Ty Lue Called LeBron Out For Passivity, Turnovers And Defense During Game 7 Of The 2016 NBA Finals

Photo Credit: David Richard-USA TODAY Sports / Action Images

Ty Lue Called LeBron Out For Passivity, Turnovers And Defense During Game 7 Of The 2016 NBA Finals

 

“Iguodala to Curry, back to Iguodala, up for the layup, OHHHHH BLOCKED BY JAMES”

You all probably have the scene in front of your eyes right now, without actually seeing the footage. One just has that sequence saved in their brains. One of the most incredible defensive plays in Finals history.

This block turned out to be one of the key moments in the Cleveland Cavaliers’ first NBA championship. It also was one of the most exciting Finals to ever be played.

But did you know that coach Tyronne Lue called out LeBron James at half-time? NBA reddit brought this gem of a story from Sports Illustrated back up, and it’s too great to not share and talk about it. The following approach by Lue shows you that he is underrated as a coach. Not many other coaches would have had the guts to call out the best player on this planet in such an important game, and actually get the things out of him that he hoped to trigger in calling him out:

 

Right before halftime, the Cavs trailed by three, and Lue decided to call out James during a timeout. And then he called him out again during halftime.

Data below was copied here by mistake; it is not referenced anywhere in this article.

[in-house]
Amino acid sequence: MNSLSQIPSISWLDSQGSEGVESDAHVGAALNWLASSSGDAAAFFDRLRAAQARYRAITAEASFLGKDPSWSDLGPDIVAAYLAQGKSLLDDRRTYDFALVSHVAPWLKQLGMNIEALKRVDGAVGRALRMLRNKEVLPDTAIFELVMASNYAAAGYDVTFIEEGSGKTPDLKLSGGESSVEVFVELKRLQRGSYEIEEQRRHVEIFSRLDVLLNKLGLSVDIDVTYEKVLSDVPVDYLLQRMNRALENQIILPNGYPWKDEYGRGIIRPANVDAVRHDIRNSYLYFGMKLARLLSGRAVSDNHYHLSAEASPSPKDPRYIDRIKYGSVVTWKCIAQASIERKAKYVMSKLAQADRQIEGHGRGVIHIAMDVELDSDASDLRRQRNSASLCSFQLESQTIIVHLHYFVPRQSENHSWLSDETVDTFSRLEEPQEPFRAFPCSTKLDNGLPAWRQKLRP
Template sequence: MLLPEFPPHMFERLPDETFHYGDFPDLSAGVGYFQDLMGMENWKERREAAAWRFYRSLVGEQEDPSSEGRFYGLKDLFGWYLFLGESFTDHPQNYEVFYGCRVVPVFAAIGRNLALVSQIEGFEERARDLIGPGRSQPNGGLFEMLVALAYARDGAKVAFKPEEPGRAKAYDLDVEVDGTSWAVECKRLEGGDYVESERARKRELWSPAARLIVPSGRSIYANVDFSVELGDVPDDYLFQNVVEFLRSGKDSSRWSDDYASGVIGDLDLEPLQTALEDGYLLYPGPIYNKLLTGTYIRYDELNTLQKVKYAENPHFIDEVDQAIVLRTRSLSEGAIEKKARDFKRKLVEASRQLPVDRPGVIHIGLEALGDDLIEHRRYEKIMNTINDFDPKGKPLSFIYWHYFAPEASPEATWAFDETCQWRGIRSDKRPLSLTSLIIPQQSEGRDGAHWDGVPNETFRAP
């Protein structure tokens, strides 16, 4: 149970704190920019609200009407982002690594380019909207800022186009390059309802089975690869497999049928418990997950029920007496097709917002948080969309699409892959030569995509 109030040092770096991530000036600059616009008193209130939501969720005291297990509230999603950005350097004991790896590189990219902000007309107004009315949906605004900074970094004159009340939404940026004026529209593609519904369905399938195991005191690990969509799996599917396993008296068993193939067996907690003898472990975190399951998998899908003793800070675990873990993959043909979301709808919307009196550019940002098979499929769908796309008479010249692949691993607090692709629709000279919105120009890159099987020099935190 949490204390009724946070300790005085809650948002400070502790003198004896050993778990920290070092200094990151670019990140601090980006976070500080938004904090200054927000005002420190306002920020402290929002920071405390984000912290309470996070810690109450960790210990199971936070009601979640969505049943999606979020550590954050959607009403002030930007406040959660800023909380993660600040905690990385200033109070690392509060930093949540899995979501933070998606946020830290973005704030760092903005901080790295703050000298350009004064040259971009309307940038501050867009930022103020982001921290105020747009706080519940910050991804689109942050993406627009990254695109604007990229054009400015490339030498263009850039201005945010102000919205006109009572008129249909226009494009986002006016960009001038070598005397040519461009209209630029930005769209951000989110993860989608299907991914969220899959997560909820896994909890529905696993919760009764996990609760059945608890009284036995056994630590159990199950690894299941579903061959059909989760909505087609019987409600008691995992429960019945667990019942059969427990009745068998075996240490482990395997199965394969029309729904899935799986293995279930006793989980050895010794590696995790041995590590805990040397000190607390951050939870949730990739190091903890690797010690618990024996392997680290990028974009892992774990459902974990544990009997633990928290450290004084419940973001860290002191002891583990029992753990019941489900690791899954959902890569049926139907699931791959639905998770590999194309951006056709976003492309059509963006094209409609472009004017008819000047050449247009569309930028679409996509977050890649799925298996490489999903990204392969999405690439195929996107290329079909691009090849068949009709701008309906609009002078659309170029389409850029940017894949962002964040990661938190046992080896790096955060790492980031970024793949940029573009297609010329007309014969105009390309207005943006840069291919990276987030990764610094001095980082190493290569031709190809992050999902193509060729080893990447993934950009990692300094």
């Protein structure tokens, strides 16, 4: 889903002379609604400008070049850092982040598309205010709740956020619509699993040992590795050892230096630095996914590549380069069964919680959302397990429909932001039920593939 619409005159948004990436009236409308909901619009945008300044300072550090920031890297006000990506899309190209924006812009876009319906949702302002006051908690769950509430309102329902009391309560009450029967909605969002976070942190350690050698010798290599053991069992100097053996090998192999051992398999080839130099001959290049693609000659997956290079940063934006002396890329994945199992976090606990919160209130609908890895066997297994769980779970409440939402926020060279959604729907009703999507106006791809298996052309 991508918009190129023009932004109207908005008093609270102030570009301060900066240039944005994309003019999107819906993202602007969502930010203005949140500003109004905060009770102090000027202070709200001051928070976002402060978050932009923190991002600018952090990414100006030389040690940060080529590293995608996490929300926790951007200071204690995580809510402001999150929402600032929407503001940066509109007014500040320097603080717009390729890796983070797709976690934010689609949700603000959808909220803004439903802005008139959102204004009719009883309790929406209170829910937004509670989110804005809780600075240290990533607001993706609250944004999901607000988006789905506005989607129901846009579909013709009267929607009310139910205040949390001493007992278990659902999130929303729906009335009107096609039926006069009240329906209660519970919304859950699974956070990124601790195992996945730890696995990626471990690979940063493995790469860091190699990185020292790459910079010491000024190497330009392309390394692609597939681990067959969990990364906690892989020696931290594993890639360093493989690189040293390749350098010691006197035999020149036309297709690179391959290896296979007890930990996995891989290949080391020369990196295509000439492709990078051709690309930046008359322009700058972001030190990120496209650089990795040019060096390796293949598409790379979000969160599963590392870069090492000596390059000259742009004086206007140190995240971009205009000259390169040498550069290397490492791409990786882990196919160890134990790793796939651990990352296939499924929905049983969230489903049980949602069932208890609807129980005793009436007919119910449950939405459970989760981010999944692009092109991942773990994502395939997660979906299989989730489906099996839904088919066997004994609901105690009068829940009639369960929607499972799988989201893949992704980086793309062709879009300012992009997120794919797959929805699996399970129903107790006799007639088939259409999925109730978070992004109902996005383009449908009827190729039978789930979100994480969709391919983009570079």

“Stop being so passive!” the coach barked. “Stop turning the ball over! And guard Draymond!” James’s numbers looked fine—12 points, seven rebounds, five assists—but he had unleashed a few sloppy passes and Draymond Green, his primary assignment, was 5 for 5 from three-point range. “Bron was mad, pissed off at me, and then we went into the locker room at halftime and I told him the same thing in front of all the guys,” Lue recalls. “He was mad again, pissed off again.”

After Lue finished, he saw James approach assistant coach Damon Jones in the locker room and overheard their exchange. “It’s messed up that T Lue is questioning me right now,” James said. The Cavaliers trailed by seven. The season was slipping.

“Everything I read all year is that you want to be coached, want to be held accountable, and trust T Lue,” Jones replied. “Why not trust him now?”

James was still rankled. He moved on to James Jones, his long-time teammate, who has ridden shotgun to the past six Finals. “I can’t believe this,” LeBron said.

“Well,” Jones responded, “is he telling the truth?”

Lue, ducking in and out of a back office, kept an eye on LeBron. “He stormed out of the locker room,” Lue says. The coach laughs as he tells the story. “I didn’t really think he was playing that bad,” Lue admits. “But I used to work for Doc Rivers in Boston, and he told me, ‘I never want to go into a Game 7 when the best player is on the other team.’ We had the best player. We needed him to be his best. I know he might have been tired, but f— that. We had to ride him. And he had to take us home.”

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